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How Effective are Macroprudential Policies? An Empirical Investigation

Author

Listed:
  • Akinci, Ozge

    () (Board of Governors of the Federal Reserve System (U.S.))

  • Olmstead-Rumsey, Jane

    (Board of Governors of the Federal Reserve System (U.S.))

Abstract

In recent years, policymakers have generally relied on macroprudential policies to address financial stability concerns. However, our understanding of these policies and their efficacy is limited. In this paper, we construct a novel index of domestic macroprudential policies in 57 advanced and emerging economies covering the period from 2000:Q1 to 2013:Q4, with tightenings and easings recorded separately. The effectiveness of these policies in curbing bank credit growth and house price inflation is then assessed using a dynamic panel data model. The main findings of the paper are: (1) Macroprudential policies have been used far more actively after the global financial crisis in both advanced and emerging market economies. (2) These policies have primarily targeted the housing sector, especially in the advanced economies. (3) Macroprudential policies are usually changed in tandem with bank reserve requirements, capital flow management measures, and monetary policy. (4) Empirical analysis suggests that macroprudential tightening is associated with lower bank credit growth, housing credit growth, and house price inflation. (5) Targeted policies--for example, those specifically intended to limit the growth of housing credit--seem to be more effective. (6) In emerging economies, capital inflow restrictions targeting the banking sector are also associated with lower credit growth, although portfolio flow restrictions are not.

Suggested Citation

  • Akinci, Ozge & Olmstead-Rumsey, Jane, 2015. "How Effective are Macroprudential Policies? An Empirical Investigation," International Finance Discussion Papers 1136, Board of Governors of the Federal Reserve System (U.S.).
  • Handle: RePEc:fip:fedgif:1136
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    File URL: http://dx.doi.org/10.17016/IFDP.2015.1136
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    References listed on IDEAS

    as
    1. Kuttner, Kenneth N. & Shim, Ilhyock, 2016. "Can non-interest rate policies stabilize housing markets? Evidence from a panel of 57 economies," Journal of Financial Stability, Elsevier, vol. 26(C), pages 31-44.
    2. Bruno, Valentina & Shim, Ilhyock & Shin, Hyun Song, 2017. "Comparative assessment of macroprudential policies," Journal of Financial Stability, Elsevier, vol. 28(C), pages 183-202.
    3. Moritz Schularick & Alan M. Taylor, 2012. "Credit Booms Gone Bust: Monetary Policy, Leverage Cycles, and Financial Crises, 1870-2008," American Economic Review, American Economic Association, vol. 102(2), pages 1029-1061, April.
    4. Jérôme Vandenbussche & Ursula Vogel & Enrica Detragiache, 2015. "Macroprudential Policies and Housing Prices: A New Database and Empirical Evidence for Central, Eastern, and Southeastern Europe," Journal of Money, Credit and Banking, Blackwell Publishing, vol. 47(S1), pages 343-377, March.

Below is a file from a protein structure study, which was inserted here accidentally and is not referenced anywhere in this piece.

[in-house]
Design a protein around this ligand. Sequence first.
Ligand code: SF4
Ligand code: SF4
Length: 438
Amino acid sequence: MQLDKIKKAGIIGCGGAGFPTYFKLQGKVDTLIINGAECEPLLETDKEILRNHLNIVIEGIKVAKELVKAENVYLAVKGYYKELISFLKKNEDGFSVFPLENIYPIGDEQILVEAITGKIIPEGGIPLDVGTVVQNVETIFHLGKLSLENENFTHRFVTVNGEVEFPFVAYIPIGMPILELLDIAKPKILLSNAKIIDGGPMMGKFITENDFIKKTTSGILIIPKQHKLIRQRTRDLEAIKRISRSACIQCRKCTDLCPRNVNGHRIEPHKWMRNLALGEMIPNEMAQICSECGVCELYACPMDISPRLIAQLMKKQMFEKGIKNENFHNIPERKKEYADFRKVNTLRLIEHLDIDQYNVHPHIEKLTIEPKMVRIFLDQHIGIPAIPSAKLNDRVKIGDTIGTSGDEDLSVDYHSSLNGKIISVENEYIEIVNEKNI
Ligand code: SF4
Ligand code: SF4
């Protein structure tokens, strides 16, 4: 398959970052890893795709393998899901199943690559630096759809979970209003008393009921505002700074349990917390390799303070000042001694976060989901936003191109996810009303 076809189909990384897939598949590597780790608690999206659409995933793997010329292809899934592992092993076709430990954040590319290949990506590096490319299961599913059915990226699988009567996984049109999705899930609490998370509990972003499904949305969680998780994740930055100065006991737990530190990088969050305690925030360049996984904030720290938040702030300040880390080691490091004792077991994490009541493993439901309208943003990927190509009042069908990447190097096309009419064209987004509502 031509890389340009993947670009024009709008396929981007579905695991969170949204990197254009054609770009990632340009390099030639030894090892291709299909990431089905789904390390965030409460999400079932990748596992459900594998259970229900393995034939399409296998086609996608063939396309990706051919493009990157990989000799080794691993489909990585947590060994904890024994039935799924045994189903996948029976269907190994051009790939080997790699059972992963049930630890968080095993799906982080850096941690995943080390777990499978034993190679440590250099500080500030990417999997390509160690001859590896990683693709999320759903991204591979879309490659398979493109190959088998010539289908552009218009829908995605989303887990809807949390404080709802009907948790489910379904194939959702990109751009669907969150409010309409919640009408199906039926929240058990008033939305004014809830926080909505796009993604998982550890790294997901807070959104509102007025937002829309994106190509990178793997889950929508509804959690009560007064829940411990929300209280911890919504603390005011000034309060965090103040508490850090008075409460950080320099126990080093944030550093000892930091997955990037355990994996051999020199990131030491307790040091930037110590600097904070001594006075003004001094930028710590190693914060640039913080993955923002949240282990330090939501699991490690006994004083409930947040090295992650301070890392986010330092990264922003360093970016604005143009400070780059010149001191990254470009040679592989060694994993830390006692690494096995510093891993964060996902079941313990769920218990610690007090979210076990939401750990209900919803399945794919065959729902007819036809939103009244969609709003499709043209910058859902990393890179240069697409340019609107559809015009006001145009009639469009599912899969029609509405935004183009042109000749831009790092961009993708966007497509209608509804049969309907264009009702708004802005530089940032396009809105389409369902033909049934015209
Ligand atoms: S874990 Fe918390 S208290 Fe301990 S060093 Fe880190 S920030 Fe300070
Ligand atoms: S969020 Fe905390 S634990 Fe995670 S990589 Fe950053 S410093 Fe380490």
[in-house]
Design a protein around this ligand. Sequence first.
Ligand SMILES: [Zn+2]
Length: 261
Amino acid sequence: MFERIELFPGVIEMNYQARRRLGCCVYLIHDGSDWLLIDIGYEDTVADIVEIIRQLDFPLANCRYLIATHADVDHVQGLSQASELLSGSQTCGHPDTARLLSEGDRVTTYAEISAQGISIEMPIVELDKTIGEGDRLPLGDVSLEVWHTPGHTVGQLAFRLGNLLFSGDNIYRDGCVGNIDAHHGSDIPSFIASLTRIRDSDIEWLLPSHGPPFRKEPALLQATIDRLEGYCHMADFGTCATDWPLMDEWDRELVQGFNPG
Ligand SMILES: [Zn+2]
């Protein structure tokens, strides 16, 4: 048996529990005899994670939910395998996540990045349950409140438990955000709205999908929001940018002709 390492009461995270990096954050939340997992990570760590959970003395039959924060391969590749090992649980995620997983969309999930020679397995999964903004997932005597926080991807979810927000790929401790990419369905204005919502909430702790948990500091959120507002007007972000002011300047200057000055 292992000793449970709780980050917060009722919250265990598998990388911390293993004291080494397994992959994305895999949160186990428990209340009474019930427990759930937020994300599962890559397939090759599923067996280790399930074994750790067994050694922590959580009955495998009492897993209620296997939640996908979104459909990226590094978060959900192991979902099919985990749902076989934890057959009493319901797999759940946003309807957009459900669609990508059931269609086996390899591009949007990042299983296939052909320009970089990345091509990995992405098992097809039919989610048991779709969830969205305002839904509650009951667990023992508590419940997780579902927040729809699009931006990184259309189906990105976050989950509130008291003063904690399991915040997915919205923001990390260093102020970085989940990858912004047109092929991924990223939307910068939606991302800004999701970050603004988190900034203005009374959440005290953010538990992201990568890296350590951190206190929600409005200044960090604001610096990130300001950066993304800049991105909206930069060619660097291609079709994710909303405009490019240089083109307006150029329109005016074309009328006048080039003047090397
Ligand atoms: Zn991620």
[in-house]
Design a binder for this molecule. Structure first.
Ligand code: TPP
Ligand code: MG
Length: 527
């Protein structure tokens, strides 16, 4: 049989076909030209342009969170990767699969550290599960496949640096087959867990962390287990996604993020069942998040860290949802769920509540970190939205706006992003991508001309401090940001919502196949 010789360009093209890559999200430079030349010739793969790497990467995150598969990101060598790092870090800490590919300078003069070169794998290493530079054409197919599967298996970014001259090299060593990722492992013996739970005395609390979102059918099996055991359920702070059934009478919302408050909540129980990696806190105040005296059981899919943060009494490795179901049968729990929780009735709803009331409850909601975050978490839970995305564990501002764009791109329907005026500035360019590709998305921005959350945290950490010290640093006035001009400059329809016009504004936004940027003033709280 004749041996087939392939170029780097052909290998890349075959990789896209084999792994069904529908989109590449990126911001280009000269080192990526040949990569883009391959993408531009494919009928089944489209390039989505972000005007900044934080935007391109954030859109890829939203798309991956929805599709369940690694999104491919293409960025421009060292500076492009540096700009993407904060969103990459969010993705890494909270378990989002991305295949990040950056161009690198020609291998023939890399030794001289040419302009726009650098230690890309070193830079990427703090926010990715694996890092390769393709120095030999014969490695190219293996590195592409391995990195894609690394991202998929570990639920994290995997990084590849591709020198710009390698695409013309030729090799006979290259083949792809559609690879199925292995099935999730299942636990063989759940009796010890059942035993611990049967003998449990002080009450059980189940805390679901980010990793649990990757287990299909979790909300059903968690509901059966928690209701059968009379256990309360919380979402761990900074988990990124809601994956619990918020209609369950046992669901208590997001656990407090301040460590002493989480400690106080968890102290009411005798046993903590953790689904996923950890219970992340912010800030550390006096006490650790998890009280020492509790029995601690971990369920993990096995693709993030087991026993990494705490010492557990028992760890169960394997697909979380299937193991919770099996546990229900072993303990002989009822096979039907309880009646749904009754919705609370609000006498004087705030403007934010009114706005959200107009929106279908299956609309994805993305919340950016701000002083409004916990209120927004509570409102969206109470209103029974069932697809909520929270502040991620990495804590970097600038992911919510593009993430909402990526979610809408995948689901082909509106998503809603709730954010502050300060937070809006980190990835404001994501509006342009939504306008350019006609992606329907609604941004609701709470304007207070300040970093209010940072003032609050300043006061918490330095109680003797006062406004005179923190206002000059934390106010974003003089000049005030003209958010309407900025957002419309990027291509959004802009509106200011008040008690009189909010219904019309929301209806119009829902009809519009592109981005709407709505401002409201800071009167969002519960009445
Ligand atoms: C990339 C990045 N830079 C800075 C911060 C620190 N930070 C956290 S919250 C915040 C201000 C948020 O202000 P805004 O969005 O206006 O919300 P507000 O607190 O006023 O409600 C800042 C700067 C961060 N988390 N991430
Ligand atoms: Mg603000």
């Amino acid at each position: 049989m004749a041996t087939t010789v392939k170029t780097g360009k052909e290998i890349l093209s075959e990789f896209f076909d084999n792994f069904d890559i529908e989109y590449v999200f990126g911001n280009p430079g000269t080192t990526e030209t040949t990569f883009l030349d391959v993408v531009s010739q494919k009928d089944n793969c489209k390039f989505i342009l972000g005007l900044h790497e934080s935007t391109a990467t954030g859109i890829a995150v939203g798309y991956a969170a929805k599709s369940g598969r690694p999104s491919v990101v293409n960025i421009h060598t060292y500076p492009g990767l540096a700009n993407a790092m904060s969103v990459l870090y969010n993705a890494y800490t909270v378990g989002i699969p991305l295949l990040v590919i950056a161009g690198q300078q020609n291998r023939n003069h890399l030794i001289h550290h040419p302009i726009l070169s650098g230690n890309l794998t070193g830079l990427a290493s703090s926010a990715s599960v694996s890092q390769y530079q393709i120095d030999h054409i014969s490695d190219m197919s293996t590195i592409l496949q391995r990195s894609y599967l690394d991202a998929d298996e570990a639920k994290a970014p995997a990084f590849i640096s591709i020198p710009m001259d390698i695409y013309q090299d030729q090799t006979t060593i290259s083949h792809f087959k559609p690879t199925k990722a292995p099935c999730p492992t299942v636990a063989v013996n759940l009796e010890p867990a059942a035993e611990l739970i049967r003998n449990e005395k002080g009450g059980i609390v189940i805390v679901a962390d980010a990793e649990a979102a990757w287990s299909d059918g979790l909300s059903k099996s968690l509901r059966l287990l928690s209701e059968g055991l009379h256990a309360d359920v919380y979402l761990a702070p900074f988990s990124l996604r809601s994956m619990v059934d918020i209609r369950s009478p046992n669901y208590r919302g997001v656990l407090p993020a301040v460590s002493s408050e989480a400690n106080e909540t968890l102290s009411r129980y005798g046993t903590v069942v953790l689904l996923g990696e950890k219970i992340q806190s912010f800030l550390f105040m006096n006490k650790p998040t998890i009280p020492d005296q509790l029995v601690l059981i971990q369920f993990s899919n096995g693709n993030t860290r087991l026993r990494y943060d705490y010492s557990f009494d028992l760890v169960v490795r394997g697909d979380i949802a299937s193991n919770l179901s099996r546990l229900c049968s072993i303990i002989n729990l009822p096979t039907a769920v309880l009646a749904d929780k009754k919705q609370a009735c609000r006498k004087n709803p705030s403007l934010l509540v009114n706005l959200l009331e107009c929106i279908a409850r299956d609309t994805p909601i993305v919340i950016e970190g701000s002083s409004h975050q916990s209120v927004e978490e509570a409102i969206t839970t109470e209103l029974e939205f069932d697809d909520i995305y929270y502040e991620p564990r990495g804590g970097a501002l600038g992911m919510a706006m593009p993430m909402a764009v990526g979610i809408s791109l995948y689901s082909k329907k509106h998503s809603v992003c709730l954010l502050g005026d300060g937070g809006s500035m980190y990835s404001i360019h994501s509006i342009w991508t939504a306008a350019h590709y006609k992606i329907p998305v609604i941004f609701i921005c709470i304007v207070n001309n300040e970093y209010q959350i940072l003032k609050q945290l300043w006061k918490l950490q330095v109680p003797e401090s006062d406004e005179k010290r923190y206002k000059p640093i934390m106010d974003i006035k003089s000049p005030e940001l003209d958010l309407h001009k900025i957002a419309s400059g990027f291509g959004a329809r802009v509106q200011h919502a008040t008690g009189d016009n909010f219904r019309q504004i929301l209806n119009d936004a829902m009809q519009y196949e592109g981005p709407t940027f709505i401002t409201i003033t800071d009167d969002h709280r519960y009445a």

5. Enrique G. Mendoza & Marco E. Terrones, 2014. "An Anatomy of Credit Booms and their Demise," Central Banking, Analysis, and Economic Policies Book Series,in: Miguel Fuentes D. & Claudio E. Raddatz & Carmen M. Reinhart (ed.), Capital Mobility and Monetary Policy, edition 1, volume 18, chapter 6, pages 165-204 Central Bank of Chile.
    6. Pierre-Olivier Gourinchas & Maurice Obstfeld, 2012. "Stories of the Twentieth Century for the Twenty-First," American Economic Journal: Macroeconomics, American Economic Association, vol. 4(1), pages 226-265, January.
    7. Ilhyock Shim & Bilyana Bogdanova & Jimmy Shek & Agne Subeltye, 2013. "Database for policy actions on housing markets," BIS Quarterly Review, Bank for International Settlements, September.
    8. Akıncı, Özge, 2013. "Global financial conditions, country spreads and macroeconomic fluctuations in emerging countries," Journal of International Economics, Elsevier, vol. 91(2), pages 358-371.
    9. Ahmed, Shaghil & Zlate, Andrei, 2014. "Capital flows to emerging market economies: A brave new world?," Journal of International Money and Finance, Elsevier, vol. 48(PB), pages 221-248.
    10. Shekhar Aiyar & Charles W. Calomiris & Tomasz Wieladek, 2014. "Does Macro‐Prudential Regulation Leak? Evidence from a UK Policy Experiment," Journal of Money, Credit and Banking, Blackwell Publishing, vol. 46(s1), pages 181-214, February.
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    More about this item

    Keywords

    Bank credit; house prices; macroprudential policy; dynamic panel data model;

    JEL classification:

    • E32 - Macroeconomics and Monetary Economics - - Prices, Business Fluctuations, and Cycles - - - Business Fluctuations; Cycles
    • F41 - International Economics - - Macroeconomic Aspects of International Trade and Finance - - - Open Economy Macroeconomics
    • F44 - International Economics - - Macroeconomic Aspects of International Trade and Finance - - - International Business Cycles
    • G15 - Financial Economics - - General Financial Markets - - - International Financial Markets

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